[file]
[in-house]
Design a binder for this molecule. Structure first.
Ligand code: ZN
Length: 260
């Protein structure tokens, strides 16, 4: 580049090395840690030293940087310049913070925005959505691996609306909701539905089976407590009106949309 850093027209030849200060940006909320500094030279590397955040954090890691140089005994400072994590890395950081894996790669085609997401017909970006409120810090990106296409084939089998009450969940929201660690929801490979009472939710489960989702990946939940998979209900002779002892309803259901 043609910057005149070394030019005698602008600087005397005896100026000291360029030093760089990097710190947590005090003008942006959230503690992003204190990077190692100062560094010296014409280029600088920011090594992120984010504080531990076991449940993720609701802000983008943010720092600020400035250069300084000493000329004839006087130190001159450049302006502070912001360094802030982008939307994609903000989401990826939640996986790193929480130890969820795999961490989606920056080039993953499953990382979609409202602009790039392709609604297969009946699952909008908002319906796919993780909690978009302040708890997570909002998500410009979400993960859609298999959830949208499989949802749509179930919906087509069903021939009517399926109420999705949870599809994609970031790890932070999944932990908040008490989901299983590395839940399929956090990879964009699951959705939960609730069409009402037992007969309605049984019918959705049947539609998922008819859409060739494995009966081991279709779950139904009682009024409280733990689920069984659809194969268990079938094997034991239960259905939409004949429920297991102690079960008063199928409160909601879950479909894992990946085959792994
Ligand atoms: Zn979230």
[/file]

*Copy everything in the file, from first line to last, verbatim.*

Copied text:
[in-house]
Design a binder for this molecule. Structure first.
Ligand code: ZN
Length: 260
């Protein structure tokens, strides 16, 4: 580049090395840690030293940087310049913070925005959505691996609306909701539905089976407590009106949309 850093027209030849200060940006909320500094030279590397955040954090890691140089005994400072994590890395950081894996790669085609997401017909970006409120810090990106296409084939089998009450969940929201660690929801490979009472939710489960989702990946939940998979209900002779002892309803259901 043609910057005149070394030019005698602008600087005397005896100026000291360029030093760089990097710190947590005090003008942006959230503690992003204190990077190692100062560094010296014409280029600088920011090594992120984010504080531990076991449940993720609701802000983008943010720092600020400035250069300084000493000329004839006087130190001159450049302006502070912001360094802030982008939307994609903000989401990826939640996986790193929480130890969820795999961490989606920056080039993953499953990382979609409202602009790039392709609604297969009946699952909008908002319906796919993780909690978009302040708890997570909002998500410009979400993960859609298999959830949208499989949802749509179930919906087509069903021939009517399926109420999705949870599809994609970031790890932070999944932990908040008490989901299983590395839940399929956090990879964009699951959705939960609730069409009402037992007969309605049984019918959705049947539609998922008819859409060739494995009966081991279709779950139904009682009024409280733990689920069984659809194969268990079938094997034991239960259905939409004949429920297991102690079960008063199928409160909601879950479909894992990946085959792994
Ligand atoms: Zn979230």